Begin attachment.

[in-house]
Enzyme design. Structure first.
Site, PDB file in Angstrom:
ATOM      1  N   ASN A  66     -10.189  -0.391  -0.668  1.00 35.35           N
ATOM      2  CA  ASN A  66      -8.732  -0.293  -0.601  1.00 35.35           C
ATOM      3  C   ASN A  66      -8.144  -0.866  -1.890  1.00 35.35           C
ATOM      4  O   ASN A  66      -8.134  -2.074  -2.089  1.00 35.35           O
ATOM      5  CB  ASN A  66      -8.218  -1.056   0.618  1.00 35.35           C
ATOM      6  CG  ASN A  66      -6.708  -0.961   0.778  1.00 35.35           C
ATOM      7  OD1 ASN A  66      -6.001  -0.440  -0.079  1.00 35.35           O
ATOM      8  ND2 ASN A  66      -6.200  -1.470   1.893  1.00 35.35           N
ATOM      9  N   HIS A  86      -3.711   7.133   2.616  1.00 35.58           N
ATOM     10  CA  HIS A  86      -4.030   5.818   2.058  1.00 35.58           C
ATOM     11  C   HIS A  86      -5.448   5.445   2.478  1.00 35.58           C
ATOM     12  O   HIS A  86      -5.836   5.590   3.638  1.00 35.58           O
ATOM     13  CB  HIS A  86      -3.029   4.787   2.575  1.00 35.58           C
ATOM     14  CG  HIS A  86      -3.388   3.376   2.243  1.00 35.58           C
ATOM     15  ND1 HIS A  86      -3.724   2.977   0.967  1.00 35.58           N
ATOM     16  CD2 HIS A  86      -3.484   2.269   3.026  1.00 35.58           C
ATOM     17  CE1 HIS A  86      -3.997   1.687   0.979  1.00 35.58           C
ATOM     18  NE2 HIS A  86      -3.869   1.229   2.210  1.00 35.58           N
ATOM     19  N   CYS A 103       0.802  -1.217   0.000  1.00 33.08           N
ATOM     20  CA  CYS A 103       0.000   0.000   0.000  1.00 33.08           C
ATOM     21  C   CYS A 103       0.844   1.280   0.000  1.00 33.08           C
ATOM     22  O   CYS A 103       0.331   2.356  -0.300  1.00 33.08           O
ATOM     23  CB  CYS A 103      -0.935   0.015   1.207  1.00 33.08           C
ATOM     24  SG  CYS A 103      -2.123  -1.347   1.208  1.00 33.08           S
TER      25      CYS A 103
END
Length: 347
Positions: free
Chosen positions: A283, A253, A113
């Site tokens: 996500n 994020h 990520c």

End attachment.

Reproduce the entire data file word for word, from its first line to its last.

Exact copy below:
[in-house]
Enzyme design. Structure first.
Site, PDB file in Angstrom:
ATOM      1  N   ASN A  66     -10.189  -0.391  -0.668  1.00 35.35           N
ATOM      2  CA  ASN A  66      -8.732  -0.293  -0.601  1.00 35.35           C
ATOM      3  C   ASN A  66      -8.144  -0.866  -1.890  1.00 35.35           C
ATOM      4  O   ASN A  66      -8.134  -2.074  -2.089  1.00 35.35           O
ATOM      5  CB  ASN A  66      -8.218  -1.056   0.618  1.00 35.35           C
ATOM      6  CG  ASN A  66      -6.708  -0.961   0.778  1.00 35.35           C
ATOM      7  OD1 ASN A  66      -6.001  -0.440  -0.079  1.00 35.35           O
ATOM      8  ND2 ASN A  66      -6.200  -1.470   1.893  1.00 35.35           N
ATOM      9  N   HIS A  86      -3.711   7.133   2.616  1.00 35.58           N
ATOM     10  CA  HIS A  86      -4.030   5.818   2.058  1.00 35.58           C
ATOM     11  C   HIS A  86      -5.448   5.445   2.478  1.00 35.58           C
ATOM     12  O   HIS A  86      -5.836   5.590   3.638  1.00 35.58           O
ATOM     13  CB  HIS A  86      -3.029   4.787   2.575  1.00 35.58           C
ATOM     14  CG  HIS A  86      -3.388   3.376   2.243  1.00 35.58           C
ATOM     15  ND1 HIS A  86      -3.724   2.977   0.967  1.00 35.58           N
ATOM     16  CD2 HIS A  86      -3.484   2.269   3.026  1.00 35.58           C
ATOM     17  CE1 HIS A  86      -3.997   1.687   0.979  1.00 35.58           C
ATOM     18  NE2 HIS A  86      -3.869   1.229   2.210  1.00 35.58           N
ATOM     19  N   CYS A 103       0.802  -1.217   0.000  1.00 33.08           N
ATOM     20  CA  CYS A 103       0.000   0.000   0.000  1.00 33.08           C
ATOM     21  C   CYS A 103       0.844   1.280   0.000  1.00 33.08           C
ATOM     22  O   CYS A 103       0.331   2.356  -0.300  1.00 33.08           O
ATOM     23  CB  CYS A 103      -0.935   0.015   1.207  1.00 33.08           C
ATOM     24  SG  CYS A 103      -2.123  -1.347   1.208  1.00 33.08           S
TER      25      CYS A 103
END
Length: 347
Positions: free
Chosen positions: A283, A253, A113
């Site tokens: 996500n 994020h 990520c």